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as to slant it from the ground upward from the frog;
but jou must be careful not to make the ground-
surface of the web at the heels narrower in so doiui^^.
fig. 1 shows the foot surface, and fig. 2, plate 21, the
ground surface of a near fore-shoe.

In fig. 1 ^ is the clip at the toe. B 1 the outer
quarter. B 2 the inner quarter. C 1 the outer heel.
C 2 the inner heel. D the seating. E the flat sur-
face for the crust to bear uj)on. F the heels bevelled
off away from the frog.

In fig. 2 ^ is the toe, turned up out of the line
of wear. B 1 the outer, and B 2 tlie inner quarter.
(71 tlie outer, and 6^2 the inner heel. D the ground
surface of the web, as wide at the heels as it is at
the toe. E the fuller, carried all round the shoe. F
the inner quarter, and heel slightly bevelled from
the foot to the ground.

l^ails.
A few words must be said about the nails, before
we come to nailing on the shoe, because the nails in



110 SYSTEM FOE TEAINING CAVALRY HORSES.

common nse are as badly formed as tliej can well
be ; their short, wedge-shaped heads, wide at the top
and narrow at the bottom, wdth shanks springing
suddenly from the head without any shoulder, and
ending in a long, narrow point, are most unsafe to
trust a shoe to. The head of such a nail can never
perfectly fill a hole in the shoe, for the wide top gets
tied either in the fuller, or the upper part of the
hole, before the lower part has reached the bottom ;
and when the shoe is half worn out, the head of the
nail is gone, and the shank alone is left in the hole to
keep the shoe on. ]^ow the nails should have heads
which are straight-sided at the upper part, and grad-
ually die away into the shank at the lower part, so
as to form a shoulder which will block the ojDening
made in "back-holing" the shoe, and keep the shoe
firmly in its place, until it is quite worn out.

If you compare the two nails (vide plate 22), you
will at once see which promises the firmer hold.

Your nails should be made of the very best nail-
rods you can get, and they should not be cooled too
quickly, but be left spread about to cool by degrees ;
the longer, in reason, they are cooling the tougher
they will become.

Nailing on the Shoe,

If the nails are of the proper shape, the holes
straight through the shoe, and the shoe fits the foot,
it requires very little skill to nail it on ; only put the



ri. 22




HOESE-SHOEINQ. Ill

point of tlie nail in the middle of the hole, keep the
nail upright, and drive it straight, it must come out
in the riglit place, low down in the crust, without
the possibility of w^ounding the sensitive parts of the
foot. The shank of the nail will pass through the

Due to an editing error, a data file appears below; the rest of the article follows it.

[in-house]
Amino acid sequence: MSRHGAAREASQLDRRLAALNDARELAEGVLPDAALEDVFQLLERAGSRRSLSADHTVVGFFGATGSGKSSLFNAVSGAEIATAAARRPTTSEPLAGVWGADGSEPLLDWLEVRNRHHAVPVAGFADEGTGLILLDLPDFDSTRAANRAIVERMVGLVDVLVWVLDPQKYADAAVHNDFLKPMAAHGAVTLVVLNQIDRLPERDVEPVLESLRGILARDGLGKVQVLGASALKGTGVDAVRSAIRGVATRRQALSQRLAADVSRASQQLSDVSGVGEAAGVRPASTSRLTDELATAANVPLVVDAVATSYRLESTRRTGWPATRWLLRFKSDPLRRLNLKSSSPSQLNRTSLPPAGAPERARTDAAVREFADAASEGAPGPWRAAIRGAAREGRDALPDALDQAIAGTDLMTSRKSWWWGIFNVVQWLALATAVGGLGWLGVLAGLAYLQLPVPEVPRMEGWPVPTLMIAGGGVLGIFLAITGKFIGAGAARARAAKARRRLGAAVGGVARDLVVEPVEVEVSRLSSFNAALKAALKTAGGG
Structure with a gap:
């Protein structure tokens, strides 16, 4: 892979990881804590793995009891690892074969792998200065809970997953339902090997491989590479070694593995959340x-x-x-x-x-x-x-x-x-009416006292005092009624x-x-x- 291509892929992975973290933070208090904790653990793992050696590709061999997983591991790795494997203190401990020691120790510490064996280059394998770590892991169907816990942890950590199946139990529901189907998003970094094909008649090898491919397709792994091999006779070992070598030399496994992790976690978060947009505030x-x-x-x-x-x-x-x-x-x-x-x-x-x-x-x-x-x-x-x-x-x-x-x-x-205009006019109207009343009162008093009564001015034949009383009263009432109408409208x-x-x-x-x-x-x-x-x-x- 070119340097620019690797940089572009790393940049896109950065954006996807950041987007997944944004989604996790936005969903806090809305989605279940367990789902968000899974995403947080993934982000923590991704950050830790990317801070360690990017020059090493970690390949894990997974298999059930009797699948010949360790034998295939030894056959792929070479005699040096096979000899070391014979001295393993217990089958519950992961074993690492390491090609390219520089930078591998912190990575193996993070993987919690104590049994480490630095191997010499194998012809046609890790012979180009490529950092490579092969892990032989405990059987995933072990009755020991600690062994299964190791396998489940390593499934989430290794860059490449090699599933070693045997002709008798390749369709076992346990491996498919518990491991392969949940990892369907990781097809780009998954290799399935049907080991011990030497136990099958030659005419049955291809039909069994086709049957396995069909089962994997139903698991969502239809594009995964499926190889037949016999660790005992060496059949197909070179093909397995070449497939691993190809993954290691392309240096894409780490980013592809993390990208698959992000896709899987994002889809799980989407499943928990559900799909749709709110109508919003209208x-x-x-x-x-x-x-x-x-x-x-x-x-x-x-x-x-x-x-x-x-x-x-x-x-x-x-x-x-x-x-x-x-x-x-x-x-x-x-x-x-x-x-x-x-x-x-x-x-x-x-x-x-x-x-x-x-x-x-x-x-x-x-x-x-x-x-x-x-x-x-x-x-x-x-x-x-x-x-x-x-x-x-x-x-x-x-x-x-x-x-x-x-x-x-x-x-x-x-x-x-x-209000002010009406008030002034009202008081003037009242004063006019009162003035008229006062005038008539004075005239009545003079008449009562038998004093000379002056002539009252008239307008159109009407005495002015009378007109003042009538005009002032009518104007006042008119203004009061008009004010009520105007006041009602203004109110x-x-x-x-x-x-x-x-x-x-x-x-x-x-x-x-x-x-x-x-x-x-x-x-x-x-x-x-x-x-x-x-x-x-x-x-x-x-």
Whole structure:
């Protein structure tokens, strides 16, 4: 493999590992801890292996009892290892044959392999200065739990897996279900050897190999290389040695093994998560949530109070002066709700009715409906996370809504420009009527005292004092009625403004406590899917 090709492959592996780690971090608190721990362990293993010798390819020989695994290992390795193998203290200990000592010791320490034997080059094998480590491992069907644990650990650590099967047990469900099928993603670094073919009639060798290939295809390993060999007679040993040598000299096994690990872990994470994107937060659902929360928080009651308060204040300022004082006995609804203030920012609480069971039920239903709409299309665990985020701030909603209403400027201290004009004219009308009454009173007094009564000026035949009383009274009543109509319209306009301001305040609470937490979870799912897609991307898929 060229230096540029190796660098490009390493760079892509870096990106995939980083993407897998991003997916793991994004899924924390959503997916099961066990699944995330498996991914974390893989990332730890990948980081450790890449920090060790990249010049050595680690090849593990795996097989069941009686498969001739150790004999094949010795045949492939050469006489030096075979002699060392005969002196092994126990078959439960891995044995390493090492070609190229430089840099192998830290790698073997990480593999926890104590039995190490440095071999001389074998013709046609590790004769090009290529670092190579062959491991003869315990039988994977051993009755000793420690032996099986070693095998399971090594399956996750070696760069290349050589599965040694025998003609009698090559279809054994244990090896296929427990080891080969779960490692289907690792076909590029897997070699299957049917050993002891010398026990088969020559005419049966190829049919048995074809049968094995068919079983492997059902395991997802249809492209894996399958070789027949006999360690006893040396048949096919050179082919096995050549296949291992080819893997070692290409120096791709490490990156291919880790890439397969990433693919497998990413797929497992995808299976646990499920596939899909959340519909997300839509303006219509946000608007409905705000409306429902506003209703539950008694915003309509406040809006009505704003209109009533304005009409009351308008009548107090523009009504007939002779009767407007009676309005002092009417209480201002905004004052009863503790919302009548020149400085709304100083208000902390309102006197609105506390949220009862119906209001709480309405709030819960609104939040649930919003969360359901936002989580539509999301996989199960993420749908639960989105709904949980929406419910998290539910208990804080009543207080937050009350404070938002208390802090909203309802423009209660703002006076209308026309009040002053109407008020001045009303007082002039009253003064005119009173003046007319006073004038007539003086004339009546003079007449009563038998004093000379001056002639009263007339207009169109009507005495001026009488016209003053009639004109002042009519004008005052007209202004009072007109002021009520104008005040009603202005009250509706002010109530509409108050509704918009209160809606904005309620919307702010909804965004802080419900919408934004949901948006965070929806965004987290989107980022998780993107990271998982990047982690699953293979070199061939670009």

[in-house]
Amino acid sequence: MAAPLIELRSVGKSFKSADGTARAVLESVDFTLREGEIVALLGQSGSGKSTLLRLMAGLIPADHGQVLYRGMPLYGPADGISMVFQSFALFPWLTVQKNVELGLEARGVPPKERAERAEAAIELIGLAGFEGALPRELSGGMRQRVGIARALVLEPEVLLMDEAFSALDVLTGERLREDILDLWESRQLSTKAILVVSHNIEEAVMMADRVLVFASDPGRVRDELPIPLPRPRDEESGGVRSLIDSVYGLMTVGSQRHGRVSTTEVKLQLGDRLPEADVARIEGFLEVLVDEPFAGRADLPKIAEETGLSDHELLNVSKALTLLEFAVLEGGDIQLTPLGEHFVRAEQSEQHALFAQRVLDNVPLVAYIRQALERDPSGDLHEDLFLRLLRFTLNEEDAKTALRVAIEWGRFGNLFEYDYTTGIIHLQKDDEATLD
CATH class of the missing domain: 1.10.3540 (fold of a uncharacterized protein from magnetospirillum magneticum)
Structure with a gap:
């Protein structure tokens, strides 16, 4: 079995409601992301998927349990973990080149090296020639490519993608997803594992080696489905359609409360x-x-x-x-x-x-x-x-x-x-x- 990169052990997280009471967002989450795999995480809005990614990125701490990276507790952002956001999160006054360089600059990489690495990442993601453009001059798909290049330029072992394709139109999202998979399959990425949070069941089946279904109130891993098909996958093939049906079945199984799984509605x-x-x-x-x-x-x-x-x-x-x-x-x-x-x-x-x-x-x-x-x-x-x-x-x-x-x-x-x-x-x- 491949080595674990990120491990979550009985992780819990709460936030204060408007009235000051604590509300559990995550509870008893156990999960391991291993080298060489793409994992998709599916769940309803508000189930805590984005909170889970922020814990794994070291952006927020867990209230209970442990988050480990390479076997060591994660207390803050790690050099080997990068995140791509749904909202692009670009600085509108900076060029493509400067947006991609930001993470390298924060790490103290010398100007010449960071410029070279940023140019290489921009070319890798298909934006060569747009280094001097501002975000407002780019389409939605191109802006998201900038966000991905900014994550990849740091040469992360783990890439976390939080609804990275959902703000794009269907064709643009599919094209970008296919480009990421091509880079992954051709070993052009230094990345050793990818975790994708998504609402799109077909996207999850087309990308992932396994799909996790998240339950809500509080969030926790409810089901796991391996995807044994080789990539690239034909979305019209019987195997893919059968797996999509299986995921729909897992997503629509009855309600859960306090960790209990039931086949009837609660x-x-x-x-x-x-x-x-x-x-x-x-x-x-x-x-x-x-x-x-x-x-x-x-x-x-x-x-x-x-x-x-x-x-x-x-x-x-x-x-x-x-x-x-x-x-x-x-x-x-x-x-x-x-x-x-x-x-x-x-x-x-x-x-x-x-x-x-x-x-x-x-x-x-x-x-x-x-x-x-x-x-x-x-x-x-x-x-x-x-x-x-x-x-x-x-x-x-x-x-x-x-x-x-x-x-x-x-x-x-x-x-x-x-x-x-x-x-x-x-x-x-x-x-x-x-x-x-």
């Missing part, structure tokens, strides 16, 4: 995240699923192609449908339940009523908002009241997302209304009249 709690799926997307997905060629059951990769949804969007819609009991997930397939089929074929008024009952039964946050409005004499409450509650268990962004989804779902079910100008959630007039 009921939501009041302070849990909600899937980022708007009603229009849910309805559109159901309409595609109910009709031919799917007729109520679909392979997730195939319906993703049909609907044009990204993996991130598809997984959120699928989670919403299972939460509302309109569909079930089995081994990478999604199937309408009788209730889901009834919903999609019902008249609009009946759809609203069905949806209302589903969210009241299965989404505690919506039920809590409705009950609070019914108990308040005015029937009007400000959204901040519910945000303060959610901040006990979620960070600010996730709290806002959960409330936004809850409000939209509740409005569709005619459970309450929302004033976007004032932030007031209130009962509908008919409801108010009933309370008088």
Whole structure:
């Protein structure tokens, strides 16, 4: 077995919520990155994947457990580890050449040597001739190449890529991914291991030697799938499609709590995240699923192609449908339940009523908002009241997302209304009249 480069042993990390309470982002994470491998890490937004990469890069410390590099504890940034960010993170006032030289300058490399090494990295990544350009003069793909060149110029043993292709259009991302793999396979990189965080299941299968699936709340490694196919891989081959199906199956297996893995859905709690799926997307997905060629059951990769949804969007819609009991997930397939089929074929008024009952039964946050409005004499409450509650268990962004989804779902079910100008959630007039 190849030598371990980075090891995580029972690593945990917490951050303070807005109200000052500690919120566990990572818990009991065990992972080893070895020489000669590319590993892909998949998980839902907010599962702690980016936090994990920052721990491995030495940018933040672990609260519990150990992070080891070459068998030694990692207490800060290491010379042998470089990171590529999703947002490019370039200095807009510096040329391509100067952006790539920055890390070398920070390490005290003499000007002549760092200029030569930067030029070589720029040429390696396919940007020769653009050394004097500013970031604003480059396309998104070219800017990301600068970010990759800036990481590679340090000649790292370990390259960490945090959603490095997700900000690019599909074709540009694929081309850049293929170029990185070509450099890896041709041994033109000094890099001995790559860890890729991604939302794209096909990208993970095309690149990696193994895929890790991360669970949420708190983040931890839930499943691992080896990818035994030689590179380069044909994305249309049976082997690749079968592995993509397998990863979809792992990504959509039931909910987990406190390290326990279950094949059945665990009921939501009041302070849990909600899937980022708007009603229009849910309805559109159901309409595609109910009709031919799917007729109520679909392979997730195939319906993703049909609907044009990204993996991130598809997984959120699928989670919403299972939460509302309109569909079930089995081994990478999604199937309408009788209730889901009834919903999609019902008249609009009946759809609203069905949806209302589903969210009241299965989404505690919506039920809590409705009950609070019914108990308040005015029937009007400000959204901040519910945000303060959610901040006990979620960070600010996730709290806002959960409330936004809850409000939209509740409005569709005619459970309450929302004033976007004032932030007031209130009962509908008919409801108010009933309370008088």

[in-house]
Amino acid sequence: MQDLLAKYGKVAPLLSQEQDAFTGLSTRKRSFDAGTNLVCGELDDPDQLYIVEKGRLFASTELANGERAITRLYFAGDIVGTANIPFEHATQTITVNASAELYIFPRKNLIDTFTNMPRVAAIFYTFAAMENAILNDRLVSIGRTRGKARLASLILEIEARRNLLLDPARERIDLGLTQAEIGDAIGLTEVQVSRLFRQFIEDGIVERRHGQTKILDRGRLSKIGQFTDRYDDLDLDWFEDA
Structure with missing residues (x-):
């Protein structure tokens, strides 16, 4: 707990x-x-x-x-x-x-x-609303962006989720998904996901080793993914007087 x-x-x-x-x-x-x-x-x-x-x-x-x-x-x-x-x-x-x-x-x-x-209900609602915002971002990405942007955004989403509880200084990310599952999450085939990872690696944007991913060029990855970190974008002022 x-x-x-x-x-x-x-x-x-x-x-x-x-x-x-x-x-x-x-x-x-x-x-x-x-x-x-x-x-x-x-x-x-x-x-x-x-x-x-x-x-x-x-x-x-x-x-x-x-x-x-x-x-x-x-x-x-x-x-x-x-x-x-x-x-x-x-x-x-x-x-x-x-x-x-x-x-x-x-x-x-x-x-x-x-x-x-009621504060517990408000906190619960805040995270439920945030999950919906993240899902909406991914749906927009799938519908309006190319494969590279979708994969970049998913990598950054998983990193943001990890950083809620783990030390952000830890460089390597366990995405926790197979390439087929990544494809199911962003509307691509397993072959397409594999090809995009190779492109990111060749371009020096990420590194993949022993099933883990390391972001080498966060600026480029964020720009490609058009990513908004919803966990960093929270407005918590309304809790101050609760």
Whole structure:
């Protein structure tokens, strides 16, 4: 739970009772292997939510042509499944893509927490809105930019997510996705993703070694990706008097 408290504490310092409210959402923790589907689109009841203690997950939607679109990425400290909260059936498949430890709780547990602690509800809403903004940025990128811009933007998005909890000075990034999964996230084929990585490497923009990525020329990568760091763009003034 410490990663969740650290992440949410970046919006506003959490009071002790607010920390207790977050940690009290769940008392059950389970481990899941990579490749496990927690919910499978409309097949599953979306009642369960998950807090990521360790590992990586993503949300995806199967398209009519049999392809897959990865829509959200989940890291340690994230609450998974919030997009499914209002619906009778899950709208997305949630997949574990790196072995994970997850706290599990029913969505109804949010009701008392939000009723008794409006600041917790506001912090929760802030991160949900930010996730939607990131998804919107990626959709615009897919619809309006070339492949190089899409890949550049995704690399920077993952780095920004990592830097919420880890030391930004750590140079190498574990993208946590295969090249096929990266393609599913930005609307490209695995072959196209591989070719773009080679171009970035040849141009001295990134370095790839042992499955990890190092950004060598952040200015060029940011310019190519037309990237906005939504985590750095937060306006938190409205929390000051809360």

substance of the crust, and gain a good, firm hold of
it, leaving you the strongest part from which to form
a clench. The clenches should be short and broad,
and not thinned by rasping away any of their sub-
stance, but hammered at once into a notch made in
the hoof under each, and the rasp should never be
allowed to go over them, after they have been ham-
mered down. You will do good by rasping below
the clenches, because you will thereby remove the
broken horn that the former nails have destroyed;
but on no account ever use the rasp above the
clenches ; if you do, you will tear off the thin outer
covering of the hoof, which is placed there to prevent
the escape of the natural moisture and to keep the
horn tough, and if you rasp it away you will expose
the horn to the air, and it will soon become dry and
brittle, and make the hoof difficult to nail to.

Plate 22 shows the ground surface of a near fore-
foot, with the shoe nailed on by five nails, and how
the shoe should look in its place on the foot.

The Hind-Shoe.

The hind shoe, like the fore-shoe, should be brought
in at the heels, and be made to follow the exact shape



112 SYSTEM FOK TRAINING CAVALRY HORSES.

of , the hoof; hut as the weight of the horse falh
differently on the hind-feet to what it does on the
fore-feet, and as the rider often obliges the horse tc
stop suddenly and without warning, when he is leasl
prepared to do so, it becomes necessary to guarc
against strains of the hock and back sinews by raising
the heels of the shoe, but this should be done in sucl
a manner as will give both heels an even bearing or
the ground. Calkins may be useful to heavy draught
horses, but they are objectionable for riding horses
and turning down the outside heel alone should nevei
be done.

The best plan is to have the last inch and a hal
toward the heel forged thicker than any other par
of the shoe ; the heels are then made redhot, anc
the shoe is put in the vice with the redhot heels pro
jecting, which are beaten down with a hammer, unti
they are about an inch long, and then the sides ar(
made even, and the foot and ground surfaces level or
the anvil.

The toe of the hind-shoe is exposed to great Avear
and should be made stout, and thick, and rather point-
ed, with a small clip in the middle to prevent the shot
from being driven backward ; and the back edge of tht